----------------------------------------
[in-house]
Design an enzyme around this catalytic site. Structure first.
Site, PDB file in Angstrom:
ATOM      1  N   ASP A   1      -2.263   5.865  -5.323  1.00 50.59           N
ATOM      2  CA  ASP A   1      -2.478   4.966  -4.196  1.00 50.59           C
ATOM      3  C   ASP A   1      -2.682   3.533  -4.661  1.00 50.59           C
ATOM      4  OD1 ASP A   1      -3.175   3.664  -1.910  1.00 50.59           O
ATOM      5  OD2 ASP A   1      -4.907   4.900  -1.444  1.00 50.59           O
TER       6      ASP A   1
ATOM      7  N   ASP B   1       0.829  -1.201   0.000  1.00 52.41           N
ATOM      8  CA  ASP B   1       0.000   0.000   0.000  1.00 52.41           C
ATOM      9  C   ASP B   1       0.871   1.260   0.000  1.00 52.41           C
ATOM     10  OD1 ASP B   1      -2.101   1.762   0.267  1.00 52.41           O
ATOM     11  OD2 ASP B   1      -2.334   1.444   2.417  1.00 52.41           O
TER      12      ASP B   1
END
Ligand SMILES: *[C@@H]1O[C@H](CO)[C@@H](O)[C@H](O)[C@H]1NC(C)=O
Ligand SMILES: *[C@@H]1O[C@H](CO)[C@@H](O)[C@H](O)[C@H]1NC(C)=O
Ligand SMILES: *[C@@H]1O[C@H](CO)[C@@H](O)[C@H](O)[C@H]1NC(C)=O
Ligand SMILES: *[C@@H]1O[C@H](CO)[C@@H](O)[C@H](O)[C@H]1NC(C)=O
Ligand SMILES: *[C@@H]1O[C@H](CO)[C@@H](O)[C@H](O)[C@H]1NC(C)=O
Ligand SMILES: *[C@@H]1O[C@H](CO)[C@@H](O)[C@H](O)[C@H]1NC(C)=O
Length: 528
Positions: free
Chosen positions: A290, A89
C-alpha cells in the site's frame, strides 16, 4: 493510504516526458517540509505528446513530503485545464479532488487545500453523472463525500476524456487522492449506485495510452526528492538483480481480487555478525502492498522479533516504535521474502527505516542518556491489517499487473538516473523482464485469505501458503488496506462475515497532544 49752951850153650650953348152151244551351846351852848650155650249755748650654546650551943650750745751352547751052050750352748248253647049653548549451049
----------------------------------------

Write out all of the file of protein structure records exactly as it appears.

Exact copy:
[in-house]
Design an enzyme around this catalytic site. Structure first.
Site, PDB file in Angstrom:
ATOM      1  N   ASP A   1      -2.263   5.865  -5.323  1.00 50.59           N
ATOM      2  CA  ASP A   1      -2.478   4.966  -4.196  1.00 50.59           C
ATOM      3  C   ASP A   1      -2.682   3.533  -4.661  1.00 50.59           C
ATOM      4  OD1 ASP A   1      -3.175   3.664  -1.910  1.00 50.59           O
ATOM      5  OD2 ASP A   1      -4.907   4.900  -1.444  1.00 50.59           O
TER       6      ASP A   1
ATOM      7  N   ASP B   1       0.829  -1.201   0.000  1.00 52.41           N
ATOM      8  CA  ASP B   1       0.000   0.000   0.000  1.00 52.41           C
ATOM      9  C   ASP B   1       0.871   1.260   0.000  1.00 52.41           C
ATOM     10  OD1 ASP B   1      -2.101   1.762   0.267  1.00 52.41           O
ATOM     11  OD2 ASP B   1      -2.334   1.444   2.417  1.00 52.41           O
TER      12      ASP B   1
END
Ligand SMILES: *[C@@H]1O[C@H](CO)[C@@H](O)[C@H](O)[C@H]1NC(C)=O
Ligand SMILES: *[C@@H]1O[C@H](CO)[C@@H](O)[C@H](O)[C@H]1NC(C)=O
Ligand SMILES: *[C@@H]1O[C@H](CO)[C@@H](O)[C@H](O)[C@H]1NC(C)=O
Ligand SMILES: *[C@@H]1O[C@H](CO)[C@@H](O)[C@H](O)[C@H]1NC(C)=O
Ligand SMILES: *[C@@H]1O[C@H](CO)[C@@H](O)[C@H](O)[C@H]1NC(C)=O
Ligand SMILES: *[C@@H]1O[C@H](CO)[C@@H](O)[C@H](O)[C@H]1NC(C)=O
Length: 528
Positions: free
Chosen positions: A290, A89
C-alpha cells in the site's frame, strides 16, 4: 493510504516526458517540509505528446513530503485545464479532488487545500453523472463525500476524456487522492449506485495510452526528492538483480481480487555478525502492498522479533516504535521474502527505516542518556491489517499487473538516473523482464485469505501458503488496506462475515497532544 49752951850153650650953348152151244551351846351852848650155650249755748650654546650551943650750745751352547751052050750352748248253647049653548549451049